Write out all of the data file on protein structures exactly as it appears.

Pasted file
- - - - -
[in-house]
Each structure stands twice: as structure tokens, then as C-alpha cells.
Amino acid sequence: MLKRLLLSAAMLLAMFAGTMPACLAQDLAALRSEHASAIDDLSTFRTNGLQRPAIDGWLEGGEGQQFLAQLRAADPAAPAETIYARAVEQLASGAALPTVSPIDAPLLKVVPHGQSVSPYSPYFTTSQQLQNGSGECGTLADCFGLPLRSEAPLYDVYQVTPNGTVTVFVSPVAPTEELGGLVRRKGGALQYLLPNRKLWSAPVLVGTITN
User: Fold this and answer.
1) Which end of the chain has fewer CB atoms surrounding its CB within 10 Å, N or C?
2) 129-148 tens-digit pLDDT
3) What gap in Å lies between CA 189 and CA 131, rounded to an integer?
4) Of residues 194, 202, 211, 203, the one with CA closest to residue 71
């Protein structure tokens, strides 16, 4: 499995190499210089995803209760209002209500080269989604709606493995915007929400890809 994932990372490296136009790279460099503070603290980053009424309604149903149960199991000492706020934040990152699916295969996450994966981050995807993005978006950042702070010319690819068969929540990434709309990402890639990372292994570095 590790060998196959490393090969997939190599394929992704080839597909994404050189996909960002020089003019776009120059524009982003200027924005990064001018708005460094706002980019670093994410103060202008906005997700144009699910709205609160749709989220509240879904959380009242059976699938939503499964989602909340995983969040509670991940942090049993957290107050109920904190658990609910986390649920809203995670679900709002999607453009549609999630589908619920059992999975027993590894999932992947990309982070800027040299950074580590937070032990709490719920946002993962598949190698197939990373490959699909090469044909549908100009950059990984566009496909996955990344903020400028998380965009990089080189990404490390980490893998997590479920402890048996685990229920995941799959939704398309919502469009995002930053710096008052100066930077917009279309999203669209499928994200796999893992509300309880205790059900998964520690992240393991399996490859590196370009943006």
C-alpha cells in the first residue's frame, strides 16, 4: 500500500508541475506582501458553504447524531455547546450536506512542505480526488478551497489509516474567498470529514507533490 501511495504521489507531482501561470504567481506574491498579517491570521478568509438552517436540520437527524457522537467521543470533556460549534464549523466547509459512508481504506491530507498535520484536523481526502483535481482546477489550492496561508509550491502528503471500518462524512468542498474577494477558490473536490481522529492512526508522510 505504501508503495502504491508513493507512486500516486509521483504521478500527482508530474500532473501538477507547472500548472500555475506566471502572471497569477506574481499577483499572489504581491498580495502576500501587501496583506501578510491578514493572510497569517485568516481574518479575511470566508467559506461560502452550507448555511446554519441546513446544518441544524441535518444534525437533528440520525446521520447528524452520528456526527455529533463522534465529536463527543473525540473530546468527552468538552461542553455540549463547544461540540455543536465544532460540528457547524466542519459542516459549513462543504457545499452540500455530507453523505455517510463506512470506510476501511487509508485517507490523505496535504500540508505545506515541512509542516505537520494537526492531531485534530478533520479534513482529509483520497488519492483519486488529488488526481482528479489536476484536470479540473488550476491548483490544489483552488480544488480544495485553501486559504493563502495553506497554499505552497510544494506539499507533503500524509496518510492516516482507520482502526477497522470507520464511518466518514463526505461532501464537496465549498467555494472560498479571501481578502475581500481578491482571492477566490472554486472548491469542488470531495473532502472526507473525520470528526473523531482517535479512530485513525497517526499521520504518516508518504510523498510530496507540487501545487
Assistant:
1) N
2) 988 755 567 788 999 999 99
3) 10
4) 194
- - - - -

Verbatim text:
[in-house]
Each structure stands twice: as structure tokens, then as C-alpha cells.
Amino acid sequence: MLKRLLLSAAMLLAMFAGTMPACLAQDLAALRSEHASAIDDLSTFRTNGLQRPAIDGWLEGGEGQQFLAQLRAADPAAPAETIYARAVEQLASGAALPTVSPIDAPLLKVVPHGQSVSPYSPYFTTSQQLQNGSGECGTLADCFGLPLRSEAPLYDVYQVTPNGTVTVFVSPVAPTEELGGLVRRKGGALQYLLPNRKLWSAPVLVGTITN
User: Fold this and answer.
1) Which end of the chain has fewer CB atoms surrounding its CB within 10 Å, N or C?
2) 129-148 tens-digit pLDDT
3) What gap in Å lies between CA 189 and CA 131, rounded to an integer?
4) Of residues 194, 202, 211, 203, the one with CA closest to residue 71
């Protein structure tokens, strides 16, 4: 499995190499210089995803209760209002209500080269989604709606493995915007929400890809 994932990372490296136009790279460099503070603290980053009424309604149903149960199991000492706020934040990152699916295969996450994966981050995807993005978006950042702070010319690819068969929540990434709309990402890639990372292994570095 590790060998196959490393090969997939190599394929992704080839597909994404050189996909960002020089003019776009120059524009982003200027924005990064001018708005460094706002980019670093994410103060202008906005997700144009699910709205609160749709989220509240879904959380009242059976699938939503499964989602909340995983969040509670991940942090049993957290107050109920904190658990609910986390649920809203995670679900709002999607453009549609999630589908619920059992999975027993590894999932992947990309982070800027040299950074580590937070032990709490719920946002993962598949190698197939990373490959699909090469044909549908100009950059990984566009496909996955990344903020400028998380965009990089080189990404490390980490893998997590479920402890048996685990229920995941799959939704398309919502469009995002930053710096008052100066930077917009279309999203669209499928994200796999893992509300309880205790059900998964520690992240393991399996490859590196370009943006």
C-alpha cells in the first residue's frame, strides 16, 4: 500500500508541475506582501458553504447524531455547546450536506512542505480526488478551497489509516474567498470529514507533490 501511495504521489507531482501561470504567481506574491498579517491570521478568509438552517436540520437527524457522537467521543470533556460549534464549523466547509459512508481504506491530507498535520484536523481526502483535481482546477489550492496561508509550491502528503471500518462524512468542498474577494477558490473536490481522529492512526508522510 505504501508503495502504491508513493507512486500516486509521483504521478500527482508530474500532473501538477507547472500548472500555475506566471502572471497569477506574481499577483499572489504581491498580495502576500501587501496583506501578510491578514493572510497569517485568516481574518479575511470566508467559506461560502452550507448555511446554519441546513446544518441544524441535518444534525437533528440520525446521520447528524452520528456526527455529533463522534465529536463527543473525540473530546468527552468538552461542553455540549463547544461540540455543536465544532460540528457547524466542519459542516459549513462543504457545499452540500455530507453523505455517510463506512470506510476501511487509508485517507490523505496535504500540508505545506515541512509542516505537520494537526492531531485534530478533520479534513482529509483520497488519492483519486488529488488526481482528479489536476484536470479540473488550476491548483490544489483552488480544488480544495485553501486559504493563502495553506497554499505552497510544494506539499507533503500524509496518510492516516482507520482502526477497522470507520464511518466518514463526505461532501464537496465549498467555494472560498479571501481578502475581500481578491482571492477566490472554486472548491469542488470531495473532502472526507473525520470528526473523531482517535479512530485513525497517526499521520504518516508518504510523498510530496507540487501545487
Assistant:
1) N
2) 988 755 567 788 999 999 99
3) 10
4) 194